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Latino Daily News

Friday March 11, 2011

UPDATE: Texas Bill That Would Deny MX Consul Officials Entry to State Schools is Heard in Court

UPDATE: Texas Bill That Would Deny MX Consul Officials Entry to State Schools is Heard in Court

Photo: State Rep. José Menendez

Click Here to Enlarge Photo

Wednesday, a bill to keep officials from the Mexican Consulate off Texas campuses for the purpose of helping students with their matricula consular applications was heard by a House panel.

The Matrícula Consular de Alta Seguridad (MCAS or Consular Identification Card) is simply an identification card that is issued by the Government of Mexico by way of its consulate offices. It is given to Mexican nationals residing outside Mexico no matter their immigration status.

Though the writer of the bill (HB 428), State Rep. Allen Fletcher (R-Tomball) was not present at Wednesday’s hearing, Rep. Charlie Geren (R-Fort Worth) read a statement on his behalf. The statement included Fletcher’s acknowledgement that he was unaware of any problems the Mexican Consular staff had caused on Texas college campuses, but that HB 428 was more of a preventive measure.

At the hearing, there were no witnesses in favor of the measure, and one of the committee members, state Rep. Jose Menendez (D-San Antonio), strongly opposed the bill, saying that “on its surface” this is “a real non-issue bill.”

While the cards are primarily used as just a form of identification and to prove Mexican citizenship – mostly for students studying in the U.S. – it can also be used to open U.S. bank accounts. Menendez pointed to this as a good thing, saying he would prefer that international students have their money in banks, governed by U.S. laws, rather than stuffing “cash under their mattresses.”


A Texas state representative is trying to “send a message” to undocumented immigrants, by drafting and filing a bill that looks to deny entry onto public schools and state universities to foreign consular officials that arrive to help anyone obtain non-U.S. identification cards.

State Representative Allen Fletcher, who wrote House Bill 428 that was just filed, said, “The bottom line is we’re trying to keep foreign consuls from being on our campuses. I don’t like them using our public facilities and our schools to basically access the foreign nationals that are in our country and give them an opportunity to take advantage of our benefits when they’re here illegally.”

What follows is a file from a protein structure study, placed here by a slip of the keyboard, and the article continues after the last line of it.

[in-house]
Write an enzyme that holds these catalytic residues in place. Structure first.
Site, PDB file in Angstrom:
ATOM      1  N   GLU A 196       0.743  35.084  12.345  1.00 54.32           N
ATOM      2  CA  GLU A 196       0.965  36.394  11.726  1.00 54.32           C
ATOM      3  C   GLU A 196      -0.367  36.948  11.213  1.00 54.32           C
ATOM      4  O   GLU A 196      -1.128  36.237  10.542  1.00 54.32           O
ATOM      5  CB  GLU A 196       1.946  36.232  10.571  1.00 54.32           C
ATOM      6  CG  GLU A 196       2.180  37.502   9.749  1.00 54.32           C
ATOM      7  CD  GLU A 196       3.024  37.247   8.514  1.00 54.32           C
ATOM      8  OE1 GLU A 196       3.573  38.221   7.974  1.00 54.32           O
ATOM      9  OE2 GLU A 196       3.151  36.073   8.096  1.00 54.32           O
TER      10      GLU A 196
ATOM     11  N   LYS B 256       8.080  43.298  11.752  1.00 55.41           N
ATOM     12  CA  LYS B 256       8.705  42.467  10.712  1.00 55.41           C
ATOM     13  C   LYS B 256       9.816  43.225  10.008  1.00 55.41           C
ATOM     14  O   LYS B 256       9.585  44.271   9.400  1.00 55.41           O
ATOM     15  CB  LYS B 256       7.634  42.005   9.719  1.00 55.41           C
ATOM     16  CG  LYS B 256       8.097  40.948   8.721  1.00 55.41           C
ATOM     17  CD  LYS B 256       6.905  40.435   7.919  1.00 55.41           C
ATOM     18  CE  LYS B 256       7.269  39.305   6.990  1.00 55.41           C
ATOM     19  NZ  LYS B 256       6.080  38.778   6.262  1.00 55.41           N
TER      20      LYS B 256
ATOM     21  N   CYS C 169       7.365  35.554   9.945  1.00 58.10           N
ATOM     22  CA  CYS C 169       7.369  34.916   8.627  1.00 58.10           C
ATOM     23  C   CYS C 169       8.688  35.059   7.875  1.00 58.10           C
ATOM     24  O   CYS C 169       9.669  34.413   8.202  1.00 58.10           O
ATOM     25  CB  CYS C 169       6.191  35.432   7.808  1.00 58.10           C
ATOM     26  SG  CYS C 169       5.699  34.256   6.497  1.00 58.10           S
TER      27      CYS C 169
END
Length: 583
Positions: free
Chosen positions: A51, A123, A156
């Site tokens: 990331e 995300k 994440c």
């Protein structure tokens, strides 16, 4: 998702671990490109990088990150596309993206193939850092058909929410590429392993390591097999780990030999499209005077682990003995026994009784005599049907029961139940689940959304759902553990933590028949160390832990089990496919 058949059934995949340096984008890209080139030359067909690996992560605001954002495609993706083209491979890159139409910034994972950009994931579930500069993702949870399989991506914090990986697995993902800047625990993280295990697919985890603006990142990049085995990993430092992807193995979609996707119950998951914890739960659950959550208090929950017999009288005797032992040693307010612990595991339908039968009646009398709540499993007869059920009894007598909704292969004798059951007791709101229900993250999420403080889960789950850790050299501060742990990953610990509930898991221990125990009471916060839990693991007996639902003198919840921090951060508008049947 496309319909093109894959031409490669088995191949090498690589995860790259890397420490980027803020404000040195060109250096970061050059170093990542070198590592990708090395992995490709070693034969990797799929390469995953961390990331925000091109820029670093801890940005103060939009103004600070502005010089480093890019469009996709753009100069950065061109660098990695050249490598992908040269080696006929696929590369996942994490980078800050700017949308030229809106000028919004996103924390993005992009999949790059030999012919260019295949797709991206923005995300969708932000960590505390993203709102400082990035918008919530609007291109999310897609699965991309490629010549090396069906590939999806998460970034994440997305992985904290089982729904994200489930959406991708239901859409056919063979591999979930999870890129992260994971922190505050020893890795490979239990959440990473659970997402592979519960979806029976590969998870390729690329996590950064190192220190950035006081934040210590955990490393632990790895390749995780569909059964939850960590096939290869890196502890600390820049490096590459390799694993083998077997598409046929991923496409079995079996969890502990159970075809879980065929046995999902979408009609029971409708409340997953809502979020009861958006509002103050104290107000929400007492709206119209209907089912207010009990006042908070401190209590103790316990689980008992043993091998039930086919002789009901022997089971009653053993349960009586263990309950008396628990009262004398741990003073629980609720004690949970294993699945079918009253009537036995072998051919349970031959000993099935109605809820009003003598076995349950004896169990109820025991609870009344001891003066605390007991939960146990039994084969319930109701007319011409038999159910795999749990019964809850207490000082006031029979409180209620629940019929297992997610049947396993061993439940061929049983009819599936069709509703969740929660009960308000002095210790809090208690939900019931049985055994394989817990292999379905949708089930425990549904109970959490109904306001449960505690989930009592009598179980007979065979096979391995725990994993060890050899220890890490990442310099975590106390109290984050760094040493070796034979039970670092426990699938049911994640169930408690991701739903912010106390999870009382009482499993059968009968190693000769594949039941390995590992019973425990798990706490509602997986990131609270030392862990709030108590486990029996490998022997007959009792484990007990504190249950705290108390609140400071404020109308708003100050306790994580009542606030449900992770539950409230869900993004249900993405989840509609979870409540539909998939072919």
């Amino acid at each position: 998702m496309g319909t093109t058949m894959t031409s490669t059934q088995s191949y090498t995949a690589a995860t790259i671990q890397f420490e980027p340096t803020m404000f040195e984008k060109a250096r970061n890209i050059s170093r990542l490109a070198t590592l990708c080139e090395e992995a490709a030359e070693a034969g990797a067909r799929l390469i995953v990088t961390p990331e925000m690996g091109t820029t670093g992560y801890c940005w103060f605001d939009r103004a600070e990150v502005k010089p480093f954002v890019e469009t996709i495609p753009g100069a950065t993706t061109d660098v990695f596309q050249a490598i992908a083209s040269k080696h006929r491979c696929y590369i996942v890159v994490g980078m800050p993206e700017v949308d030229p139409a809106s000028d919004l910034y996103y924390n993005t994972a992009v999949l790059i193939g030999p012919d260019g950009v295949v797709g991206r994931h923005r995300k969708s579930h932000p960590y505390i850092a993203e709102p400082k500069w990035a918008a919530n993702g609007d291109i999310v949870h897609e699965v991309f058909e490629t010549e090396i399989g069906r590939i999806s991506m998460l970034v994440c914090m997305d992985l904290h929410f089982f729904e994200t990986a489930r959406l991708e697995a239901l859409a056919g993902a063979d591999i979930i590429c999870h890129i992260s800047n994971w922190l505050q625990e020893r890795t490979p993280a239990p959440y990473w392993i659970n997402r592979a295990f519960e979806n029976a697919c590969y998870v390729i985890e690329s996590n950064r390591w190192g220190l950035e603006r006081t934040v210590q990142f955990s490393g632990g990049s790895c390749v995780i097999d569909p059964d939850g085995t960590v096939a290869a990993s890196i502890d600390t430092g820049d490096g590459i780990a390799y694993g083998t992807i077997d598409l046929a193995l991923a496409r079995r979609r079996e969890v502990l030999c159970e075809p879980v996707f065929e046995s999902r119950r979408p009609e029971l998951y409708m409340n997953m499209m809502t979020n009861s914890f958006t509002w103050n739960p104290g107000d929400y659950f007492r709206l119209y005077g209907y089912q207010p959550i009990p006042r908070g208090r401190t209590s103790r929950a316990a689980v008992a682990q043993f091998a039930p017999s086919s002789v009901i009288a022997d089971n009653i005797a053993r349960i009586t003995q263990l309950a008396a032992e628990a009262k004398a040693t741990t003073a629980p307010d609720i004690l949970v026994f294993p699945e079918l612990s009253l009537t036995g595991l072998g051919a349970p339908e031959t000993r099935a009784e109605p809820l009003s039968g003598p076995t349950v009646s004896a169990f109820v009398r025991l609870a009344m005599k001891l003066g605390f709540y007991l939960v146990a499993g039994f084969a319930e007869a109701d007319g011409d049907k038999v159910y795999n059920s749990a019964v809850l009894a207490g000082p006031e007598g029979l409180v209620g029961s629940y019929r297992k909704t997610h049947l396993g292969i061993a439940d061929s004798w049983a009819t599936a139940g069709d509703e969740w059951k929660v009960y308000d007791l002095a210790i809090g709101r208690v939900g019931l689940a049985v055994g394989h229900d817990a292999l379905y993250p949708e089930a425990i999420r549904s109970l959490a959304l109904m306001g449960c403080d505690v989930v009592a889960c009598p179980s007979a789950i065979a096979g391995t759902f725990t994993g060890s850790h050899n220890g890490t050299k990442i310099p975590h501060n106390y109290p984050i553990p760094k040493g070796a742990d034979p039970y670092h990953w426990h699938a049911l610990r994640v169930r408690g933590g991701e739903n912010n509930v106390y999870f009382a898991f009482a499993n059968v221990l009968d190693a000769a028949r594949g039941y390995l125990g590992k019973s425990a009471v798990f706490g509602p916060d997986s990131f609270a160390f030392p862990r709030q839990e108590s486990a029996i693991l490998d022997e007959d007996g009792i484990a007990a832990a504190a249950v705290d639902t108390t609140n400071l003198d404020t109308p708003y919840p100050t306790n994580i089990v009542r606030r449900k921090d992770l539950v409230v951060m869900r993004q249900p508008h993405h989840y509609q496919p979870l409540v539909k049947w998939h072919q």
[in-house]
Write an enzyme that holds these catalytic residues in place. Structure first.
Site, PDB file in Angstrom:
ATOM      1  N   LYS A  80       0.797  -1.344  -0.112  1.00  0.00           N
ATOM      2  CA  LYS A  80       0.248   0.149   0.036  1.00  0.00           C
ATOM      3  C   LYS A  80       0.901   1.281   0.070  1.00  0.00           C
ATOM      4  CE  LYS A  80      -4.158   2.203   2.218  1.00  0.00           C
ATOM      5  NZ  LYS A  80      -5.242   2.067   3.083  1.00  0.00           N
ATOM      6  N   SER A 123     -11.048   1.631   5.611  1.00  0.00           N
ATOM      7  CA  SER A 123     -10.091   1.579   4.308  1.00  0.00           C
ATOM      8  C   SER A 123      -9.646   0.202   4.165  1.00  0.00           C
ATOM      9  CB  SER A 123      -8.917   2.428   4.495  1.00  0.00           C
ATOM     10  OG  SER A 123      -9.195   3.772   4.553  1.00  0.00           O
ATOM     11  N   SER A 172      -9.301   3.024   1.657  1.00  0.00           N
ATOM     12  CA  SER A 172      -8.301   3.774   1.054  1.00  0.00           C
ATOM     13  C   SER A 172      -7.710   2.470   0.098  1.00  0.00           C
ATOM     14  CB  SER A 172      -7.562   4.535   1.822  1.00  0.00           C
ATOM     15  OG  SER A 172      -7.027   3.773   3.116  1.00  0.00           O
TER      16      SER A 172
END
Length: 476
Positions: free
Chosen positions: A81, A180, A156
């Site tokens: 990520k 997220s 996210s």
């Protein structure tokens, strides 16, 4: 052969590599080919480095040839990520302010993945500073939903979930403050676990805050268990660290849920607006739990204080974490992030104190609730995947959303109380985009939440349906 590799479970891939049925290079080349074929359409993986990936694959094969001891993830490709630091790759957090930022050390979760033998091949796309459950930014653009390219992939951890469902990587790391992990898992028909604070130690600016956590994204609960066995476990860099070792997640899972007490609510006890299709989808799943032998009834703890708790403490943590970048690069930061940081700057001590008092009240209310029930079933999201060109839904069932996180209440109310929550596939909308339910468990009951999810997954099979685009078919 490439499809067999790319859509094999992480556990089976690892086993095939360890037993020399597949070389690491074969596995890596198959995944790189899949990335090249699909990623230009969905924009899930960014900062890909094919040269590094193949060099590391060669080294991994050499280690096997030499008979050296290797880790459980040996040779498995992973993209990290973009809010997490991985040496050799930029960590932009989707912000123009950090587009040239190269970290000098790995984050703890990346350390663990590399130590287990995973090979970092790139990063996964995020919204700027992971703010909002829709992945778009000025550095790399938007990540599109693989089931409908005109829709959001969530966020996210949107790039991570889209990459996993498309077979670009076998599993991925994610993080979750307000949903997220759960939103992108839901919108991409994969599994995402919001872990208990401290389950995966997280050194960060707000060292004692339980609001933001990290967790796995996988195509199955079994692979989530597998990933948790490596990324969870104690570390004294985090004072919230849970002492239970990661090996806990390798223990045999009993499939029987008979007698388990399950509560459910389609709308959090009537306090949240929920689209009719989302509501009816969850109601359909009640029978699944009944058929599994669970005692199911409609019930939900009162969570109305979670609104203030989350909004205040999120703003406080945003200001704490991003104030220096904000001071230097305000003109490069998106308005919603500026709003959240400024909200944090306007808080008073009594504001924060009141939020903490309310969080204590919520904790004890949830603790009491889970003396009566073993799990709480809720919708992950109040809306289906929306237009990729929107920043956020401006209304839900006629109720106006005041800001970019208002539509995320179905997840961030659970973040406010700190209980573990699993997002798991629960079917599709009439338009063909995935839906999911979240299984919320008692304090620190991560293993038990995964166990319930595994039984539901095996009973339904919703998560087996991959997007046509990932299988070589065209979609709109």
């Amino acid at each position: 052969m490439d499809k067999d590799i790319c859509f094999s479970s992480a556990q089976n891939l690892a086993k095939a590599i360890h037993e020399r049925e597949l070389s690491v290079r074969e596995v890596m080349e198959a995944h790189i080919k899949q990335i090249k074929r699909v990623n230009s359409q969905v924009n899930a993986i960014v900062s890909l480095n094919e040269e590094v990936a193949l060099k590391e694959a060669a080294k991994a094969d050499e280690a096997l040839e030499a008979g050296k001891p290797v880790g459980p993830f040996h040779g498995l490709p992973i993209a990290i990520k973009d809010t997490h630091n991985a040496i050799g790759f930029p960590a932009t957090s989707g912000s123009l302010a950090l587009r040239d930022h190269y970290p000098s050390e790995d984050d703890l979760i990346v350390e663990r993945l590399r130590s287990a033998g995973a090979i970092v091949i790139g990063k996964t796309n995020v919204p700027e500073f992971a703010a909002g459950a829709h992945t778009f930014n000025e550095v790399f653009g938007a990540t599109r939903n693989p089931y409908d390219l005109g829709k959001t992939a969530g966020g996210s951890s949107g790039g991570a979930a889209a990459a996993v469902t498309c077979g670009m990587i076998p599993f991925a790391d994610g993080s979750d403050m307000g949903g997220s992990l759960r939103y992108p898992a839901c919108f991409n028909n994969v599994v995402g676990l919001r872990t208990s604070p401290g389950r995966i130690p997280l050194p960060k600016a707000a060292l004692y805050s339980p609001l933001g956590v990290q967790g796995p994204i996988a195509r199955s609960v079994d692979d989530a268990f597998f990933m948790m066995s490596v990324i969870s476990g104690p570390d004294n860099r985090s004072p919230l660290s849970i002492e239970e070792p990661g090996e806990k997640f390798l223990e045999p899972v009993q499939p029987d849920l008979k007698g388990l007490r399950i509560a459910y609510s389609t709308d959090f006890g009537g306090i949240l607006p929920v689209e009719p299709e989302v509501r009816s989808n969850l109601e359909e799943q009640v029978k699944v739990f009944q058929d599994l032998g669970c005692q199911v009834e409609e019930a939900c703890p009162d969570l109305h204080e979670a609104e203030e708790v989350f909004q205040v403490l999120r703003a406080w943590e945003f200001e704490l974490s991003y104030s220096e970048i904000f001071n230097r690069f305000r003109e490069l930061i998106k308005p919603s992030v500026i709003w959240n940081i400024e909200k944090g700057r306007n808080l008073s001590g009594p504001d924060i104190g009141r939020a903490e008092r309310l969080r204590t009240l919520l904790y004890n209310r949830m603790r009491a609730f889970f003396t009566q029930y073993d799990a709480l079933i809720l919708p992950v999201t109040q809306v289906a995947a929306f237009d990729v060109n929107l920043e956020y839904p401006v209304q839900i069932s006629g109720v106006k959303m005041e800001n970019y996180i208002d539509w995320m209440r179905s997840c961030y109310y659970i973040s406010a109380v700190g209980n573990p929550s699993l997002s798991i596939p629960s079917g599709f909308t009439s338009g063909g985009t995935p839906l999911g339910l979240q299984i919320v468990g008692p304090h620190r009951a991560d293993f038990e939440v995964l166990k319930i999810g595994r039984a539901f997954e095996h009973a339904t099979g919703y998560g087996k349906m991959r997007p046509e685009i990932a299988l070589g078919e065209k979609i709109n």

The Matrícula Consular de Alta Seguridad (MCAS or Consular Identification Card) is an identification card issued to Mexican nationals residing outside of Mexico regardless of their immigration status. The card is issued by the Government of Mexico through their consulate offices.

During his interview with the Rio Grande Guardian, the state rep., who spent 21 years with the Houston Police Department admitted to not knowing exactly what the cards can be used for, but added, ““Basically a matrícula card is just some legitimate form of ID. I would think that if you have that matrícula card you have an ID that allows you to basically interject yourself into the system,”

Fletcher, a “career enforcement guy” was asked what someone needs to gain the identification cards and said he was unsure, but stated, “…Probably tell them your name is Allen Fletcher, and they crank it out for you. I’m under the impression, based on what I’ve seen that they’re not really requiring (applicants) to provide much of anything.”

In the interview Fletcher mentioned that though he thinks a similar bill will never pass in Texas, he is a supporter of Arizona’s SB 1070.  The controversial law allows for local officers to ask for proof of immigration status if they have “reasonable suspicion” to think someone is in the country illegally. Fletcher expressed that instead of trying to pass big law changing bills like SB 1070, Texas lawmakers are looking to smaller bills to “send a message” to anyone in the country without documentation.

“(HB 428) is a judicious way for us to start putting things in place to make it more difficult for them to access our public benefits illegally. So we’re hoping this will get their attention and let them know: ‘You’re not going to go onto our school grounds, you’re not going to go onto our public facilities and issue these cards, without making sure that folks have a legitimate right to have the card’.”